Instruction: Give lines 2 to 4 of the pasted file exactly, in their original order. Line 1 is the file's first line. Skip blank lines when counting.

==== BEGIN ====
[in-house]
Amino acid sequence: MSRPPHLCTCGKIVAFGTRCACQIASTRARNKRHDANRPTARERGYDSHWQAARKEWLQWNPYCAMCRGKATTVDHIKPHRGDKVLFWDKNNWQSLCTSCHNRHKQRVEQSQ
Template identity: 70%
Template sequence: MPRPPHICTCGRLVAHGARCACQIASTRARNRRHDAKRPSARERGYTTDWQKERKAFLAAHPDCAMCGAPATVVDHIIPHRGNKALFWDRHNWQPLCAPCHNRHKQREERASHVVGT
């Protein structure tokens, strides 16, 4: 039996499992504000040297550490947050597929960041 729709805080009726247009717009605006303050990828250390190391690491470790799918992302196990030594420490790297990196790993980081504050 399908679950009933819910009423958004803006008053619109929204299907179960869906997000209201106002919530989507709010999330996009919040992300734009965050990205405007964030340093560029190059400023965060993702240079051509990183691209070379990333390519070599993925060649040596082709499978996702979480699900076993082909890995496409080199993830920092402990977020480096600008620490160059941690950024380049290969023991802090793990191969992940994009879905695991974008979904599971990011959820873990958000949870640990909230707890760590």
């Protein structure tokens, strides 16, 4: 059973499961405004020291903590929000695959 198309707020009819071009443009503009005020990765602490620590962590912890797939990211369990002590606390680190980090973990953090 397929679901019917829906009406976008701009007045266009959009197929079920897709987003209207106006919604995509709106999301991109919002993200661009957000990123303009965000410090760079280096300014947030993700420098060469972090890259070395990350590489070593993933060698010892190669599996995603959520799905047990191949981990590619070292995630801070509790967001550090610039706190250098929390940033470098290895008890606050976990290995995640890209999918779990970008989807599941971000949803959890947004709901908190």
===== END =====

Amino acid sequence: MSRPPHLCTCGKIVAFGTRCACQIASTRARNKRHDANRPTARERGYDSHWQAARKEWLQWNPYCAMCRGKATTVDHIKPHRGDKVLFWDKNNWQSLCTSCHNRHKQRVEQSQ
Template identity: 70%
Template sequence: MPRPPHICTCGRLVAHGARCACQIASTRARNRRHDAKRPSARERGYTTDWQKERKAFLAAHPDCAMCGAPATVVDHIIPHRGNKALFWDRHNWQPLCAPCHNRHKQREERASHVVGT